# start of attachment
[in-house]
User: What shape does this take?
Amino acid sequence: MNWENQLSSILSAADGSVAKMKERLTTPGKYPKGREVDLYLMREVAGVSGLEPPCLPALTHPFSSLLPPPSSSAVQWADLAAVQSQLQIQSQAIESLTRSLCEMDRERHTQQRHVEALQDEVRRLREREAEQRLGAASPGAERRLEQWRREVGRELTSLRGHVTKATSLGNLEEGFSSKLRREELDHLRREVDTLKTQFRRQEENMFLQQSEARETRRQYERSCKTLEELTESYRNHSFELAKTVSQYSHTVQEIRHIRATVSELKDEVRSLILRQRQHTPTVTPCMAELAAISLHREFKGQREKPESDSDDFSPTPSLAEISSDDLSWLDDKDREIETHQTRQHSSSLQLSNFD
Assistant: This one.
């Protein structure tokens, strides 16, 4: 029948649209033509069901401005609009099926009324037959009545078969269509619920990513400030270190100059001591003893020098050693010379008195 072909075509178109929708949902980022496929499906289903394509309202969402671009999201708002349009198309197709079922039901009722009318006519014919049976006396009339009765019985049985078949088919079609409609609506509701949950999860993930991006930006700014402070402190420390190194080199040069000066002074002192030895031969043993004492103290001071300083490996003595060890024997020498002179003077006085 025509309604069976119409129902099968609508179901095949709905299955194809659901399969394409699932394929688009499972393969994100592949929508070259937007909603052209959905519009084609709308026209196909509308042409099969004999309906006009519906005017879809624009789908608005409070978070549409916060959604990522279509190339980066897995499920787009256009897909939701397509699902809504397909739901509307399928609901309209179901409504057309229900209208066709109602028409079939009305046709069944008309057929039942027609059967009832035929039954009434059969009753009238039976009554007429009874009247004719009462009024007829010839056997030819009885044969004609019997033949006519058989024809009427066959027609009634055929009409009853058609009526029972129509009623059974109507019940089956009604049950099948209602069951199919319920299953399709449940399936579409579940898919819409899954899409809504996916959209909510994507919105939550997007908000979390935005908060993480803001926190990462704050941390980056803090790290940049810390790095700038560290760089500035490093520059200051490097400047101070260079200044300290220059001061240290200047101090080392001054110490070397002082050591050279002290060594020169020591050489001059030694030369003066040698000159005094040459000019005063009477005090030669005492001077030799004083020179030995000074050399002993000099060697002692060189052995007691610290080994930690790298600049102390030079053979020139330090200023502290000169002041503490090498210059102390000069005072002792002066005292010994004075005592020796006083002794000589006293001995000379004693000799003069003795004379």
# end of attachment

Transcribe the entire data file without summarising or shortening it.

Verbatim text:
[in-house]
User: What shape does this take?
Amino acid sequence: MNWENQLSSILSAADGSVAKMKERLTTPGKYPKGREVDLYLMREVAGVSGLEPPCLPALTHPFSSLLPPPSSSAVQWADLAAVQSQLQIQSQAIESLTRSLCEMDRERHTQQRHVEALQDEVRRLREREAEQRLGAASPGAERRLEQWRREVGRELTSLRGHVTKATSLGNLEEGFSSKLRREELDHLRREVDTLKTQFRRQEENMFLQQSEARETRRQYERSCKTLEELTESYRNHSFELAKTVSQYSHTVQEIRHIRATVSELKDEVRSLILRQRQHTPTVTPCMAELAAISLHREFKGQREKPESDSDDFSPTPSLAEISSDDLSWLDDKDREIETHQTRQHSSSLQLSNFD
Assistant: This one.
């Protein structure tokens, strides 16, 4: 029948649209033509069901401005609009099926009324037959009545078969269509619920990513400030270190100059001591003893020098050693010379008195 072909075509178109929708949902980022496929499906289903394509309202969402671009999201708002349009198309197709079922039901009722009318006519014919049976006396009339009765019985049985078949088919079609409609609506509701949950999860993930991006930006700014402070402190420390190194080199040069000066002074002192030895031969043993004492103290001071300083490996003595060890024997020498002179003077006085 025509309604069976119409129902099968609508179901095949709905299955194809659901399969394409699932394929688009499972393969994100592949929508070259937007909603052209959905519009084609709308026209196909509308042409099969004999309906006009519906005017879809624009789908608005409070978070549409916060959604990522279509190339980066897995499920787009256009897909939701397509699902809504397909739901509307399928609901309209179901409504057309229900209208066709109602028409079939009305046709069944008309057929039942027609059967009832035929039954009434059969009753009238039976009554007429009874009247004719009462009024007829010839056997030819009885044969004609019997033949006519058989024809009427066959027609009634055929009409009853058609009526029972129509009623059974109507019940089956009604049950099948209602069951199919319920299953399709449940399936579409579940898919819409899954899409809504996916959209909510994507919105939550997007908000979390935005908060993480803001926190990462704050941390980056803090790290940049810390790095700038560290760089500035490093520059200051490097400047101070260079200044300290220059001061240290200047101090080392001054110490070397002082050591050279002290060594020169020591050489001059030694030369003066040698000159005094040459000019005063009477005090030669005492001077030799004083020179030995000074050399002993000099060697002692060189052995007691610290080994930690790298600049102390030079053979020139330090200023502290000169002041503490090498210059102390000069005072002792002066005292010994004075005592020796006083002794000589006293001995000379004693000799003069003795004379």